Merry Christmas folks!
It’s Christmas Day and I’m currently sat by the fire with my pudgy Pug as we mourn the loss of roughly 200 pigs in blankets. Although I’ve had yet another magical Christmas with my family, I can’t help noticing the loom of Social Media and how it’s ruining Christmas. Christmas offers the perfect opportunity to spend time with close family and friends and completely disconnect from the internet, though many of us still log into millions of social media accounts to share pictures and videos of our special moments.
Expectations, expectations, expectations...
Christmas seems to just be about expectations these days, and it’s very easy to loose sight of what really matters. Looking through social media feeds on x-mas morning could potentially ruin your day. Naturally, as humans, we tend to do this god awful thing where we have to compare our lives to others we see online. Whether it’s a celebrity or just a pal, someone is always doing ‘it’ better. Christmas is a time to show off. It’s easy to look at a pic on Instagram and think “I wish that was me”. Recent studies have suggested that spending too much time on social media could be having a seriously bad effect on our mental health. Instagram, home to millions of ‘perfect’ lives. Throughout the Christmas period, the idea of a ‘perfect x-mas’ isn’t thrown around lightly. Around December, Instagram and Facebook are crowded with snaps of extravagant Christmas decorations or the latest lavish gift sets. Unfortunately, we live in a world where not everyone can afford to be showered in luxurious Calvin Klein underwear or gorgeously potent bath bombs from Lush. Researchers from the University of Copenhagen released findings suggesting that viewing a large amount of social media posts over Christmas can make users:
“envious and even cause a deterioration of mood as people create unrealistic social comparisons”. University of Copenhagen
Scanning through Instagram today only reiterated my argument. Take a look at some of the posts under the hashtag ‘Christmas’. Unrealistic social comparisons are unconsciously made when viewing what other people got that you didn’t.
You finally got the beautiful pandora ring you’d been dribbling over all year.
Well Kimmy K got 20. Soz. ?
Facebook has recently struck headlines.
Studies suggest that “regular use of social networking such as Facebook can negatively affect your emotional wellbeing and satisfaction with life.”
What happened to the innocence of Christmas?
I’m only 20 years old but even I’ve noticed a real difference in the way kids see Christmas these days. Kids are often so fixated on the latest Apple iPhone they don’t even have the time to check if Santa’s touched his midnight milk. Social media has the ability to mask traditional ideas of ‘Christmas’ by smoothing children with contemporary gift ideas and expose the bitter reality behind ‘Santa’. Thanks to the internet – your children already know what they’re getting for Christmas. This leaves a financial strain on the majority of parents (turning them into scrooges) and it’s a sad and frightening thought to imagine what our children of the future are going to grow into.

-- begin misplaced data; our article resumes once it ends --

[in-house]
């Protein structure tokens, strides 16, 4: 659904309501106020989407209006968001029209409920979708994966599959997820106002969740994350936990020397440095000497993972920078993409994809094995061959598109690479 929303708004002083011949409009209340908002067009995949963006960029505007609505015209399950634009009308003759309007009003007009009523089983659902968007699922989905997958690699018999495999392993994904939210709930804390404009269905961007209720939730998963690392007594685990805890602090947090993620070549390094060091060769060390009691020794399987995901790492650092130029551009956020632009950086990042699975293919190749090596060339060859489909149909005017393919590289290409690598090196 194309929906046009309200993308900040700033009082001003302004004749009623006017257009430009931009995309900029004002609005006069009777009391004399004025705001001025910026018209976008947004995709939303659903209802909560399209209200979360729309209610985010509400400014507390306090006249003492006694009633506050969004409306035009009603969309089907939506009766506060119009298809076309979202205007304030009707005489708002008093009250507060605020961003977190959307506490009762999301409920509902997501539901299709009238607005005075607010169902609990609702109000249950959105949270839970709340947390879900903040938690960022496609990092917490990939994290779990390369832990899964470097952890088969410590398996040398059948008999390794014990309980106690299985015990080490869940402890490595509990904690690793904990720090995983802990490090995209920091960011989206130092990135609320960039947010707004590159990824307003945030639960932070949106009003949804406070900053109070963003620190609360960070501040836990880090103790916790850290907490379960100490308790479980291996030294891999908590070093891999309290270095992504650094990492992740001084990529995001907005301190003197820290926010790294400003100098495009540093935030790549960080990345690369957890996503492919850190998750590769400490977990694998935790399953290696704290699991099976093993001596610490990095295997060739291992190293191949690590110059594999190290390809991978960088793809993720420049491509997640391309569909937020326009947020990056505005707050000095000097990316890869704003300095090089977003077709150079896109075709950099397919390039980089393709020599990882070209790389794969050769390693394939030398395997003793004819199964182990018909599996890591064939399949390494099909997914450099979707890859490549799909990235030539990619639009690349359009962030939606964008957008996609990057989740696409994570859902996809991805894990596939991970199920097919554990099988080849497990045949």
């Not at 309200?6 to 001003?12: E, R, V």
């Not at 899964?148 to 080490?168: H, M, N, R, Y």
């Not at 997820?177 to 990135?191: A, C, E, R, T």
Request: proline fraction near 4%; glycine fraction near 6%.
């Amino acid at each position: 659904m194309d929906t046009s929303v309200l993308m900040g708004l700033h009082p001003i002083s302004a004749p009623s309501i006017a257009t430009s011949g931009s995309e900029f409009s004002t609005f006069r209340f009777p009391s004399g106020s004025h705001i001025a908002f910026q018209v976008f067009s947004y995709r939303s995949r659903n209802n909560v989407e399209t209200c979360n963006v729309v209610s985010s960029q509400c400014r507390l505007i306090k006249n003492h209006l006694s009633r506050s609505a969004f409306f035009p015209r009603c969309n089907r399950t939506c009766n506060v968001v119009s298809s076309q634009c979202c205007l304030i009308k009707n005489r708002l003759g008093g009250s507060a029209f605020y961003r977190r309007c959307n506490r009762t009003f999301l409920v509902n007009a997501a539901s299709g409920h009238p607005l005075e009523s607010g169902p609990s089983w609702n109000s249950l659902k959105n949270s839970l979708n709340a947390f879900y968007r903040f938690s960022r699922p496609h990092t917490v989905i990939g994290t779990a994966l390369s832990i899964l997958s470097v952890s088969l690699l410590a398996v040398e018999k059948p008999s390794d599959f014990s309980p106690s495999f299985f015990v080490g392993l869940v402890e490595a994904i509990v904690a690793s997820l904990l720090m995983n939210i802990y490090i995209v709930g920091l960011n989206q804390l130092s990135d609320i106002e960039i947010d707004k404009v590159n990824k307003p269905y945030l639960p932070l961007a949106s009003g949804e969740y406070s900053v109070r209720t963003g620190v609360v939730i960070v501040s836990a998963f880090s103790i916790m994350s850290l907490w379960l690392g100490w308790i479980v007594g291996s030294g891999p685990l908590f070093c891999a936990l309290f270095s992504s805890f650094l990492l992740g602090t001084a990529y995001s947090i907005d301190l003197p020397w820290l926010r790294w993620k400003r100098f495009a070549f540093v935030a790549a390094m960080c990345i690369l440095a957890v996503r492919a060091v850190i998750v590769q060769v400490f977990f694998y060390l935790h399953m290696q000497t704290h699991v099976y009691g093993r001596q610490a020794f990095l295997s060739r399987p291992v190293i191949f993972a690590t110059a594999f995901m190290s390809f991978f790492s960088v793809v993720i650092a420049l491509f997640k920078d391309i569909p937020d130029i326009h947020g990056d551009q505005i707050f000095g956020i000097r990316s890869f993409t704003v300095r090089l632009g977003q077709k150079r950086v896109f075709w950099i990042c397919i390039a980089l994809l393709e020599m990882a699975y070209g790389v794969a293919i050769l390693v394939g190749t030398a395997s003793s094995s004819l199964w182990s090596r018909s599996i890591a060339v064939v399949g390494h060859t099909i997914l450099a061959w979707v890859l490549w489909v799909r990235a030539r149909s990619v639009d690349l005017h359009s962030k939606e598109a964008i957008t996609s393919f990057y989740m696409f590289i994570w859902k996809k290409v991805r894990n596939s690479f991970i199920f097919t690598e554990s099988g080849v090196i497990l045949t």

Is it even Christmas if you haven’t posted about it?
The rise of Snapchat
Throughout the holidays, it is easy to become engrossed in social media. Although Christmas is a time for sharing, I doubt this means filming every single hour of the 12 days leading up to Xmas. I’m sure many of you will be aware of the oh so popular app ‘Snapchat’. An app that allows users to post every single second of their life online, instantly. An app that allows you to communicate through instant picture messaging and follow the lives of ‘Snapchat’ friends from the click of a button. Snapchat ‘stories’ enable users to post pictures and videos (of up to 10 seconds each) of what they’re up to at whatever time. It’s 2016 and the most important part of a Christmas dinner is taking a snap of it and posting it online rather than eating it. It’s about who has the best-looking roast potatoes, not about how it tastes. Oh, and It’s most definitely not about the 5 hours of back-braking cooking Mum or Dad endured, it’s about making sure your plate of food gets the most likes on Insta. Cheers guys!
Jokes aside, with the recent expansion of social media and the importance of social status, recording Christmas on your phone seems to be more important than actually being there. Ever heard kids complain about ‘Christmas at Grandma’s’ and how it’s SO painfully boring? I know I have. I’m sure Christmas at Grandma’s is far less exciting than being sat at home staring at a computer screen. It’s Christmas! A time to appreciate the company you have been blessed with and surround yourself with people that love you, not thousands of gift expectations. Awwww ????
Social media has managed to weave its way into everyday life, so it is not a surprise that it is beginning to take over traditions. In 100 years time will kids even care about Santa? Perhaps only through the eyes of their virtual reality headsets.
Take a look at how far Facebook has come throughout the years…
Here’s what my Facebook looks like now. Maybe in a few years, even this will look old…
My next discussion will be on the importance of ‘likes’ online. I’m sure most of you teens like myself at some point in your life have been slightly thrilled/excited over the number of likes you’ve received online. Facebook is just one of the sites that enable users to ‘like’ others photos, activities, updates and interests. Due to our ever-expanding net of social media – the obsession with online likes has taken over.
How far would you go for a like?
I dedicate this blog post to George Michael who sadly passed away today. Merry Christmas and rest in peace you legend.
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